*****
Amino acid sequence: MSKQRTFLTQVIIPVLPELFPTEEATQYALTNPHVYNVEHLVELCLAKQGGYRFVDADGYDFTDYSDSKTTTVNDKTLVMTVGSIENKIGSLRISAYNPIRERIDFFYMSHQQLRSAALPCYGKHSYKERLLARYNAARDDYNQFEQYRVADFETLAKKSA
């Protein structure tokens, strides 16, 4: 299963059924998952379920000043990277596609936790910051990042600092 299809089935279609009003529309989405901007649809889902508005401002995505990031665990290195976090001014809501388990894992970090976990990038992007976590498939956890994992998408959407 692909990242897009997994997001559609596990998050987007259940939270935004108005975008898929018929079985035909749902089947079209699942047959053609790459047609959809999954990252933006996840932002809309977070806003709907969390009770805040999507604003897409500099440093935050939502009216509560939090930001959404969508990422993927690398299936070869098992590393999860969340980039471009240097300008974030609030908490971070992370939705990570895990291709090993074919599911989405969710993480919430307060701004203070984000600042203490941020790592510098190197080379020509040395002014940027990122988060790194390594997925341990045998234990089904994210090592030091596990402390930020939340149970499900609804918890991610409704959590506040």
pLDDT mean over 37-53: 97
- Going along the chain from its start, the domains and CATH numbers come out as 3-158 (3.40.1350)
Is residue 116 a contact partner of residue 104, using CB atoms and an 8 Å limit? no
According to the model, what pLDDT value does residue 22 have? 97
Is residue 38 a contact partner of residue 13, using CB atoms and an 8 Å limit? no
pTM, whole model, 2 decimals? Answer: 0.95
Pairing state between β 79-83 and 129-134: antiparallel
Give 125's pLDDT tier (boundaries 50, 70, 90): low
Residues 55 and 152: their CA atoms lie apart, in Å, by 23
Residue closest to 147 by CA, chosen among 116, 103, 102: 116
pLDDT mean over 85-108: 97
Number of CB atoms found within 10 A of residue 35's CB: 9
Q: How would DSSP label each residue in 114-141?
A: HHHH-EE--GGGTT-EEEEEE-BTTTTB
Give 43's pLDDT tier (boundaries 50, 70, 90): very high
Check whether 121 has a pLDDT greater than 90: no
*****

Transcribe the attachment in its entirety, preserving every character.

Amino acid sequence: MSKQRTFLTQVIIPVLPELFPTEEATQYALTNPHVYNVEHLVELCLAKQGGYRFVDADGYDFTDYSDSKTTTVNDKTLVMTVGSIENKIGSLRISAYNPIRERIDFFYMSHQQLRSAALPCYGKHSYKERLLARYNAARDDYNQFEQYRVADFETLAKKSA
């Protein structure tokens, strides 16, 4: 299963059924998952379920000043990277596609936790910051990042600092 299809089935279609009003529309989405901007649809889902508005401002995505990031665990290195976090001014809501388990894992970090976990990038992007976590498939956890994992998408959407 692909990242897009997994997001559609596990998050987007259940939270935004108005975008898929018929079985035909749902089947079209699942047959053609790459047609959809999954990252933006996840932002809309977070806003709907969390009770805040999507604003897409500099440093935050939502009216509560939090930001959404969508990422993927690398299936070869098992590393999860969340980039471009240097300008974030609030908490971070992370939705990570895990291709090993074919599911989405969710993480919430307060701004203070984000600042203490941020790592510098190197080379020509040395002014940027990122988060790194390594997925341990045998234990089904994210090592030091596990402390930020939340149970499900609804918890991610409704959590506040």
pLDDT mean over 37-53: 97
- Going along the chain from its start, the domains and CATH numbers come out as 3-158 (3.40.1350)
Is residue 116 a contact partner of residue 104, using CB atoms and an 8 Å limit? no
According to the model, what pLDDT value does residue 22 have? 97
Is residue 38 a contact partner of residue 13, using CB atoms and an 8 Å limit? no
pTM, whole model, 2 decimals? Answer: 0.95
Pairing state between β 79-83 and 129-134: antiparallel
Give 125's pLDDT tier (boundaries 50, 70, 90): low
Residues 55 and 152: their CA atoms lie apart, in Å, by 23
Residue closest to 147 by CA, chosen among 116, 103, 102: 116
pLDDT mean over 85-108: 97
Number of CB atoms found within 10 A of residue 35's CB: 9
Q: How would DSSP label each residue in 114-141?
A: HHHH-EE--GGGTT-EEEEEE-BTTTTB
Give 43's pLDDT tier (boundaries 50, 70, 90): very high
Check whether 121 has a pLDDT greater than 90: no